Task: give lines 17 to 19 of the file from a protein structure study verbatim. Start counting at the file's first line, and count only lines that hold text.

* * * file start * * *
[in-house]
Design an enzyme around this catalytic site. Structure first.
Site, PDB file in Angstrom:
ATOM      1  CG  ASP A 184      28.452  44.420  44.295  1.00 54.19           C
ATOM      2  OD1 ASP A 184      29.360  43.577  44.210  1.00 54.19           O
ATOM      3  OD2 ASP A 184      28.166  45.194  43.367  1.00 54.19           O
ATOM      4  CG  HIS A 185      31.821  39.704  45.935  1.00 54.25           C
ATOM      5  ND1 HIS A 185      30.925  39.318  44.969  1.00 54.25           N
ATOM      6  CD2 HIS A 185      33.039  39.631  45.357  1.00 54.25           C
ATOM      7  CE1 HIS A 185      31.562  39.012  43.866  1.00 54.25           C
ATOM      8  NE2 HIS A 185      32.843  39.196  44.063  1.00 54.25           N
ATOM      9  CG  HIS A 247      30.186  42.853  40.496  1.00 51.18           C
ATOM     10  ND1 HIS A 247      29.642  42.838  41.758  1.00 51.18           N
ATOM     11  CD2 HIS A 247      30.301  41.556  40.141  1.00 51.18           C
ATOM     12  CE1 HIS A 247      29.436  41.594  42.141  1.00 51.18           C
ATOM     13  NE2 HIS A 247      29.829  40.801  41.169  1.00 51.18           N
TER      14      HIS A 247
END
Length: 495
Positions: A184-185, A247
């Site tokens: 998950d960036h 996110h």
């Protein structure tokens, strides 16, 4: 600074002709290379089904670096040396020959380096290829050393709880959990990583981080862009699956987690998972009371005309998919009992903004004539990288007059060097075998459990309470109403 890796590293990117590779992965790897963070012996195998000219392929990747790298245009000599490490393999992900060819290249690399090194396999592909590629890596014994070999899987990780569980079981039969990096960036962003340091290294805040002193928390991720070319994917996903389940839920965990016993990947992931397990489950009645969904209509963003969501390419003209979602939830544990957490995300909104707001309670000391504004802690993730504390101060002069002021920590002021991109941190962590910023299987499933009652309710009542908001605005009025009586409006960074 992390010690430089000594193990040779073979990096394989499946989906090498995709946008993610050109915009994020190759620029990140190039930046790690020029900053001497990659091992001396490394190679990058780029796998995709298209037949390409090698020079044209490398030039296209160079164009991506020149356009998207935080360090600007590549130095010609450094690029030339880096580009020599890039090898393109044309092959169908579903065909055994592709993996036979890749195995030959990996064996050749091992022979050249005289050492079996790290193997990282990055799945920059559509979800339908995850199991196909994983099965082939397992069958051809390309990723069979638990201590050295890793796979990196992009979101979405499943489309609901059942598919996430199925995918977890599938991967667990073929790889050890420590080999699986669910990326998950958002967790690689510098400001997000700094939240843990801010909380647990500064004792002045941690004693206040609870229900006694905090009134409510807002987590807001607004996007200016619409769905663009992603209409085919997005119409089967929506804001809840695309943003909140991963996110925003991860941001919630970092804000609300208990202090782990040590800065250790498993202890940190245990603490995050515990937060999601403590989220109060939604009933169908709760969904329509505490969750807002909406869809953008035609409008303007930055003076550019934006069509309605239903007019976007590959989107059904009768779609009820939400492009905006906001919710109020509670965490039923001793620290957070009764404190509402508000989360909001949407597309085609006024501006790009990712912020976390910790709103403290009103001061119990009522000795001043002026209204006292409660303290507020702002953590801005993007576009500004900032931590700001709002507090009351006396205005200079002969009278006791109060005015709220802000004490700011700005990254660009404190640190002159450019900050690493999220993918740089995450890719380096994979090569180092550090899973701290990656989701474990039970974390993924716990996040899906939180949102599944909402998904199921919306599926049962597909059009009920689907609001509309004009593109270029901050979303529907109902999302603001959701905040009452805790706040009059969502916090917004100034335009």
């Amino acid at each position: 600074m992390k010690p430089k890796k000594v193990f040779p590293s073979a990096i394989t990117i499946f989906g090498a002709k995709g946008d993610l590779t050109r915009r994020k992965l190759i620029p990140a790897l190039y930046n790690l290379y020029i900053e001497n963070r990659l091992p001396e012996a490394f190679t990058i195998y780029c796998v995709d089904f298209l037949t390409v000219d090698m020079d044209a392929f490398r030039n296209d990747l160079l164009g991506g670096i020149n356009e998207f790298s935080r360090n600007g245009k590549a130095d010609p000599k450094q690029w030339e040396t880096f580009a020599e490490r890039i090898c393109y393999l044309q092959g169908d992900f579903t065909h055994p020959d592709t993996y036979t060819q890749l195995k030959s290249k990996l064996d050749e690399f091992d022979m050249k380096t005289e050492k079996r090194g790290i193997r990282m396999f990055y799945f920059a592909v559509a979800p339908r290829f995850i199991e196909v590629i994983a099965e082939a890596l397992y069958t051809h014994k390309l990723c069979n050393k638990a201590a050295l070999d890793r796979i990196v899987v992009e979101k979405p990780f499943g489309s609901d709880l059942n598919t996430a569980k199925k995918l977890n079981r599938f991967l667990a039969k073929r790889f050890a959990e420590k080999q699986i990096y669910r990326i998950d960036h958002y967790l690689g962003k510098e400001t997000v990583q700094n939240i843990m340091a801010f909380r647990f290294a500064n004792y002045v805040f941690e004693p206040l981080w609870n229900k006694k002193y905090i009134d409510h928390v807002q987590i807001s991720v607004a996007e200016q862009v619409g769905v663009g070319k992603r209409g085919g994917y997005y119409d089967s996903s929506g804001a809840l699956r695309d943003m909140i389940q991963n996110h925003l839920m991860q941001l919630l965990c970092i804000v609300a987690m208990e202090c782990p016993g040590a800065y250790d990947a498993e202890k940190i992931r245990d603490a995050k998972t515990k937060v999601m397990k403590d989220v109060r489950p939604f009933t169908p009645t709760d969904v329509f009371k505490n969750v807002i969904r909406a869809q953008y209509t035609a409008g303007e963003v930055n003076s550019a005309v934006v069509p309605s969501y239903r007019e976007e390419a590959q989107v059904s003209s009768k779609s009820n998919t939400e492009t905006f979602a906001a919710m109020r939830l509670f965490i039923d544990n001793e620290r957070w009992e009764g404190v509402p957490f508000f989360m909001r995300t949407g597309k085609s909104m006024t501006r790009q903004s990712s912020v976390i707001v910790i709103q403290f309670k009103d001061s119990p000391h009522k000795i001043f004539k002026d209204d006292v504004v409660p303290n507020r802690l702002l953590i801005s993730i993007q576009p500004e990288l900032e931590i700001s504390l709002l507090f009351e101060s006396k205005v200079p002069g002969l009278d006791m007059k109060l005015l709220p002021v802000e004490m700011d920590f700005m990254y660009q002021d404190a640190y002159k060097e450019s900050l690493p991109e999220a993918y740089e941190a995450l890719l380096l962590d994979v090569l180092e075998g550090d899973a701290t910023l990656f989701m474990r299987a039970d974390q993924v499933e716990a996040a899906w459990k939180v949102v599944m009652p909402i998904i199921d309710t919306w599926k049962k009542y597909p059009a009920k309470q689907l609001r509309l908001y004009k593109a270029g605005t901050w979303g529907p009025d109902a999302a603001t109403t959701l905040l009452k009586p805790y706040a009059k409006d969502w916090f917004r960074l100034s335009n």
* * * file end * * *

TER      14      HIS A 247
END
Length: 495